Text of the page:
Like many in the SAP ecosystem, I look forward optimistically to the positive impact SAP HANA can have on the world. I have nothing against Oracle, but I do believe Oracle has a long, tough road ahead to bring similar advances to the market, but no one should dismiss Oracle’s tenacity, competitive spirit, and technological prowess.

  2. I learned a lot from your blog, tweets & others in the last two days. Based on what I learned, here’s what I believe is happening:

    1) Your tweet: Maybe they have little/no real-world experience.

    My interpretation: “they” enter HANA market at a very low rate. This is why I come across very low rate HANA requirements. These requirements don’t look at how many years of HANA relevant SQL/RDBMS/IT/SAP experience the candidate has but merely how many years of HANA experience he/she has. No HANA experience, recruiters say, fine, enter exciting HANA market at very low rate. This rate is not attractive for experienced, independent consultants so they don’t consider these opportunities even though they’re experienced in related SQL/RDBMS/data modeling space.

    2) “they” finish 1 or 2 HANA POC projects.

    3) Now “they” are HANA experienced candidates & so they probably claim they’re experts. “They” now probably demand unreasonable rates as a result.

    I hope I’m wrong but based on what I see/hear, it seems my interpretation is correct & explains the situation well:

    a) You point out a few critical issues with HANA. Experienced consultants would’ve pointed them out much sooner. The issues such as scalability/stability wouldn’t have taken 1+ year to be observed.

    b) You point out the rates for HANA expertise is unreasonable. If they’re true HANA experts, they, in my opinion, would be discussing/responding to scalability/stability concerns.

    I love your blog & thoughtful comment to my blog.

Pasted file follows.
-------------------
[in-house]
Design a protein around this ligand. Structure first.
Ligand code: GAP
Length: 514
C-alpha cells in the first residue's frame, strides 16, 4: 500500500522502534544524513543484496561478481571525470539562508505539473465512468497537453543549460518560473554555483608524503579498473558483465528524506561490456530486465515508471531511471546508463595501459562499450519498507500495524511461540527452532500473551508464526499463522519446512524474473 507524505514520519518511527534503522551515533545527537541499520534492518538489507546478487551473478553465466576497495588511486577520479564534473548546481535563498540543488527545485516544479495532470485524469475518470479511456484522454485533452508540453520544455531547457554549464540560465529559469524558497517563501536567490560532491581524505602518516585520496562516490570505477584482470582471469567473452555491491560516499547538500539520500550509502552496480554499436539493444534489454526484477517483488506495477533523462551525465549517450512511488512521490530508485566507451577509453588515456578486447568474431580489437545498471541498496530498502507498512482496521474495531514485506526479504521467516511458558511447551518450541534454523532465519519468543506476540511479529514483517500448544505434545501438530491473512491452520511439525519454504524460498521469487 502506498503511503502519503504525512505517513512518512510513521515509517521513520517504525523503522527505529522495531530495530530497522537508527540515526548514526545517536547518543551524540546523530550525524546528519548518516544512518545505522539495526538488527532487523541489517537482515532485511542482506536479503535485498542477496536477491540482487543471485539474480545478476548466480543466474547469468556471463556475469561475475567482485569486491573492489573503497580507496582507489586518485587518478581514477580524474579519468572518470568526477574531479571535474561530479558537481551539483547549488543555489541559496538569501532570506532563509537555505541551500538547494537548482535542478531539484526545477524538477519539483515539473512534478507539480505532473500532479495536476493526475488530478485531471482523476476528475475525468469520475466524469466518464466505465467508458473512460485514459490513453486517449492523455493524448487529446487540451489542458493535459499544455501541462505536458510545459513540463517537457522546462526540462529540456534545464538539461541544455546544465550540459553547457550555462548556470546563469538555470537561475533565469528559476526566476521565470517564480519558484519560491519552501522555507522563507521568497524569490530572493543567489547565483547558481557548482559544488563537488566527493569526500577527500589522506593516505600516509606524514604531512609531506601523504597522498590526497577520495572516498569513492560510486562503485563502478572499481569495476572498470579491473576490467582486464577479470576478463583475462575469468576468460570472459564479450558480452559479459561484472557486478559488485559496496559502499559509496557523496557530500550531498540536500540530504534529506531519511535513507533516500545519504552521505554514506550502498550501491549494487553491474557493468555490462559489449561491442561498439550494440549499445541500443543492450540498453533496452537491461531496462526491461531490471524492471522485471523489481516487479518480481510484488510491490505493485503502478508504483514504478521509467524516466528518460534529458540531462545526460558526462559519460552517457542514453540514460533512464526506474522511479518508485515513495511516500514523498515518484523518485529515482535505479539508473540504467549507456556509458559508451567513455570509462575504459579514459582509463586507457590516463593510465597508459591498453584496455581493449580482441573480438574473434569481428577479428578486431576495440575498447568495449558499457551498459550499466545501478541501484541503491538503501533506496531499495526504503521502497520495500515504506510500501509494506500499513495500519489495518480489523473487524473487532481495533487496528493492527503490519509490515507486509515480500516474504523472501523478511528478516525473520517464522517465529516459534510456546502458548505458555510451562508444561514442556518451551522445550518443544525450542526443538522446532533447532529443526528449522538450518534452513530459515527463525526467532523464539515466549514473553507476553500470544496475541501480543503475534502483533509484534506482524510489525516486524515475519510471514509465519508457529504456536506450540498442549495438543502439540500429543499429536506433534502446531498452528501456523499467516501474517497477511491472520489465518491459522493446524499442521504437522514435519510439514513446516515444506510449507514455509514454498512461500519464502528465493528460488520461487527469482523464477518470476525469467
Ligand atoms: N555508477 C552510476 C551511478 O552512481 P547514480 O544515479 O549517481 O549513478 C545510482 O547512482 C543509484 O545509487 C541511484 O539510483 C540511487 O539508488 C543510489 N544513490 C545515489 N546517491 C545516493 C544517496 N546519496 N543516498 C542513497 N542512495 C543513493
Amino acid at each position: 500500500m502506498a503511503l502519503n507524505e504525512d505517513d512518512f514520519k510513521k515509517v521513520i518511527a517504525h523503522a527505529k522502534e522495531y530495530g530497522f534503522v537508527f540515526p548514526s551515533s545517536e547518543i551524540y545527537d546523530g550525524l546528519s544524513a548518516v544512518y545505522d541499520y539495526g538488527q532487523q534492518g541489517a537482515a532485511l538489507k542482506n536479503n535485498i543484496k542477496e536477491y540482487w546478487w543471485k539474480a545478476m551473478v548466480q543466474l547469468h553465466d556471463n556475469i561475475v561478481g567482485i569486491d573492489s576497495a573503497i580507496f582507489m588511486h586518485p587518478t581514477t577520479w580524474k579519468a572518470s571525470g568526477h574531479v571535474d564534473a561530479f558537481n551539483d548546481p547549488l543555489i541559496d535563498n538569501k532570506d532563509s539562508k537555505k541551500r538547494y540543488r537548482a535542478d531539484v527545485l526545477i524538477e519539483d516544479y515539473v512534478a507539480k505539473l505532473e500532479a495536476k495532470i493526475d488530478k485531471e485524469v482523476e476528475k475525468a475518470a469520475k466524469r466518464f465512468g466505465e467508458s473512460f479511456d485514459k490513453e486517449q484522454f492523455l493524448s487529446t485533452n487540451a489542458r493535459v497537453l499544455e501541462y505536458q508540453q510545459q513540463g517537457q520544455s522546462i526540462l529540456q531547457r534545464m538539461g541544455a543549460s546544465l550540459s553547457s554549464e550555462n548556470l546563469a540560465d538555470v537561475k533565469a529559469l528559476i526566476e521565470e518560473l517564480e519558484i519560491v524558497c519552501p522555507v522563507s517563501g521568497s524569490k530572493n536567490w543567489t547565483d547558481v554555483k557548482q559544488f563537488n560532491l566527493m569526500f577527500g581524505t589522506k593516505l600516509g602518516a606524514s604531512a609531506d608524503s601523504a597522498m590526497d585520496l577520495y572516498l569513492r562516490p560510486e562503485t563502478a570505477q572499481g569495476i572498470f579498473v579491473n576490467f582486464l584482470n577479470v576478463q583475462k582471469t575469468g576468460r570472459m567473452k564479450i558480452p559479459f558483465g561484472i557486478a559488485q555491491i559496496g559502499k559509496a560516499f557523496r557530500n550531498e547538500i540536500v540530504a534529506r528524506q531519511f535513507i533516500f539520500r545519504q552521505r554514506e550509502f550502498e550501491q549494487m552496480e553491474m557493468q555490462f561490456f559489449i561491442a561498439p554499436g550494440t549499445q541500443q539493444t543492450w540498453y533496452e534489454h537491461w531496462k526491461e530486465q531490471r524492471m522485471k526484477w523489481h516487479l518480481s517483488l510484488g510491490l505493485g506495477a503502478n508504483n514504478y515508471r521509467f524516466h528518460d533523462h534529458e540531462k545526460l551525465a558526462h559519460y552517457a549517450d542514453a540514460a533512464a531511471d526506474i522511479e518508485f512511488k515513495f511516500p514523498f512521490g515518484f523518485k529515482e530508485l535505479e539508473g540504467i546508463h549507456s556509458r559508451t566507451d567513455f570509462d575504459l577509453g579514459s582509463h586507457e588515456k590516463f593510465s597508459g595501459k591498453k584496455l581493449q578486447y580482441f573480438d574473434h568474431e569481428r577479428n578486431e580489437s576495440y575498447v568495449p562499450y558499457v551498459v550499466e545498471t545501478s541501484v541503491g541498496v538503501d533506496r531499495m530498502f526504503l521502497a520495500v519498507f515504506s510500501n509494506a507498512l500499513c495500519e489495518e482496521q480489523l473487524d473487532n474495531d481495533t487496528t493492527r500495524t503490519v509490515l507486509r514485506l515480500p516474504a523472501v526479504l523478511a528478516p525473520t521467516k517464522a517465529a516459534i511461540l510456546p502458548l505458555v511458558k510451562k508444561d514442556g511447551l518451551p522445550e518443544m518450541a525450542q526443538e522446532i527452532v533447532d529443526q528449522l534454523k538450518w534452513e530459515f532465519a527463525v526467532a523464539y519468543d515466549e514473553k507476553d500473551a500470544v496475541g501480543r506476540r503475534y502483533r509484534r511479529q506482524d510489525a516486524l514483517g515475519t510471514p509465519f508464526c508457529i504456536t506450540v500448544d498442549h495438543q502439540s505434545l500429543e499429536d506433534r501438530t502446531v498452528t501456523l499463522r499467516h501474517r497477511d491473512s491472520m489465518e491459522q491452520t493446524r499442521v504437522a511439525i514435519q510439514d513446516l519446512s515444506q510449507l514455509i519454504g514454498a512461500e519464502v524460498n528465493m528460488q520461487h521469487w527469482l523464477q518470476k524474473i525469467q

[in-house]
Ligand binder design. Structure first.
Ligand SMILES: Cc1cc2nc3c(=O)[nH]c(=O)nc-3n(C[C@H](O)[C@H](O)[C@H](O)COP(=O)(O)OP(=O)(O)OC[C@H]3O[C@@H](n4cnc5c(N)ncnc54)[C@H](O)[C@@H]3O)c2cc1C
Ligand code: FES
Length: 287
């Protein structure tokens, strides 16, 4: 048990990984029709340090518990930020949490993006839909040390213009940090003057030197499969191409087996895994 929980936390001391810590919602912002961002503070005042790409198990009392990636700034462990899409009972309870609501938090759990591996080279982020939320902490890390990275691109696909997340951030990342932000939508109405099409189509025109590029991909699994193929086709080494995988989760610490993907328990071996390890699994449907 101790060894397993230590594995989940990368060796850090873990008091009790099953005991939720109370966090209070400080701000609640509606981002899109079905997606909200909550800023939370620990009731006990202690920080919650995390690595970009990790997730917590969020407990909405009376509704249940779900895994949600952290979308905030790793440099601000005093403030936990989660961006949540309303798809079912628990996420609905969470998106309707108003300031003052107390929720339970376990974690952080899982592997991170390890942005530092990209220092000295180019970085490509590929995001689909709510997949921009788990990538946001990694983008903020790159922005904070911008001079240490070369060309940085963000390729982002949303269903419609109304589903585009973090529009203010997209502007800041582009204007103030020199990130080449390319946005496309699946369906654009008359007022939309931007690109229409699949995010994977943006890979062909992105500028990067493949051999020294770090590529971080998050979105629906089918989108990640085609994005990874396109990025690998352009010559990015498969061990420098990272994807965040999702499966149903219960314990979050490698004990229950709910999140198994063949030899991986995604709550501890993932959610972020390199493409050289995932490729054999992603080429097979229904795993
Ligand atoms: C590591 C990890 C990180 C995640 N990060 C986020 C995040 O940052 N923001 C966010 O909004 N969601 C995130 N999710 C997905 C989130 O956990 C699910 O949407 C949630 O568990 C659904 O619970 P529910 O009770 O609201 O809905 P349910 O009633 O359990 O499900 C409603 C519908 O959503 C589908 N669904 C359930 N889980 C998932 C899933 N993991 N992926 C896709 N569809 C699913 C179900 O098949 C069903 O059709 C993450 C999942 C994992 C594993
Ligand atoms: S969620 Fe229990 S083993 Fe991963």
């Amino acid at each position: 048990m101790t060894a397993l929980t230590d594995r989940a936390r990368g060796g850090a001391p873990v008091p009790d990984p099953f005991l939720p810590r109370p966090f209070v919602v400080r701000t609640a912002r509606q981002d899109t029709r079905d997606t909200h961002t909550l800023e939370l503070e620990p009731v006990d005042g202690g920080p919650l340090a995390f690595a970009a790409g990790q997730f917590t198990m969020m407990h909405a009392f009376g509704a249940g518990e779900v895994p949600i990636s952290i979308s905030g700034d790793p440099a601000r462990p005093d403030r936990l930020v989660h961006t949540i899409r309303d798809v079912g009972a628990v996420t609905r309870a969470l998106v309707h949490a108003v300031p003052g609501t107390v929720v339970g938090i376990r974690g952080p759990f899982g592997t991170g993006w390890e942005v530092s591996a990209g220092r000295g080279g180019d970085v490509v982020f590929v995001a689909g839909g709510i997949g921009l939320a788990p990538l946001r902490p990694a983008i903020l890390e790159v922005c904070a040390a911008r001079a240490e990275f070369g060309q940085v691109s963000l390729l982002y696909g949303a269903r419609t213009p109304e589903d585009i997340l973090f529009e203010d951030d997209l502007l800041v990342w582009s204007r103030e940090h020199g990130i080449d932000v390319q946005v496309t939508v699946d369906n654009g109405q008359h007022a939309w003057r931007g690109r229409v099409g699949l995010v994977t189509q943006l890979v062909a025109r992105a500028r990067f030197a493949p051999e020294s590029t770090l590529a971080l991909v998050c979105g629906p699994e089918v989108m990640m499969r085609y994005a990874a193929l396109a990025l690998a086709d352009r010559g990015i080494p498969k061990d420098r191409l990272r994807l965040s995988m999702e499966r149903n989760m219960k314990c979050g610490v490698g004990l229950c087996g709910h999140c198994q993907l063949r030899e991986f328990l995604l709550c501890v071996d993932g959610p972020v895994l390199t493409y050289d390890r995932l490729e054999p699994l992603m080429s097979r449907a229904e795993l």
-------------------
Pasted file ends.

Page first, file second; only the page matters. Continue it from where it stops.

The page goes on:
Best regards,

  3. The skill situation is similar to any new technology . When tech is new and no one had experience , rates are low because consultants want experience for now to put in their CV . Once they have experience , they will charge a premium .

    But that is the opposite in the organized SI market . They make their money by scaling skills offshore and making use of labor arbitrage .

    So after a bit of time , an equilibrium will be reached naturally – and then competition will drive cost down a second time . ABAP , BW and Basis all saw those ups and lows .

    What SAP is trying to do now is to remove significant friction from learning process for Hana so that no one has a monopoly of Hana to charge unreasonable prices in consulting market . And this is attempted at massive scale . This will force the rate equilibrium sooner than usual – or at least that is my hope .

  4. Hi Vijay,

    I guess the issue is the incompatibility between the skill requirements & who gets trained and/or get an opportunity to work on HANA projects due to the billing rate situation. What surprises me is that anyone who has worked on HANA project(s) is considered an expert just like how SAP R/3 experts evolved in ’90s. The consultants who’ve significant SQL/RDBMS skills don’t appear to be entering HANA market due to rate cuts they would need to take in order to work on first HANA project.
    I hope I’m wrong but wonder if the consultants with right skill set would’ve identified the scalability/stability issues much sooner.
    I agree SAP is doing a great job with training(open.sap.com); however the challenge is with HANA accessibility for people with right skills who already work full+ time; sure HANA is available on Cloud. It still is not like opening Xcode window in MacBook – cost, efforts & time standpoint. Sure HANA is not Xcode but that’s(to get used to HANA when Xcode is available for almost free) a challenge for people who already work full time & enjoy life/technology.

    Best regards,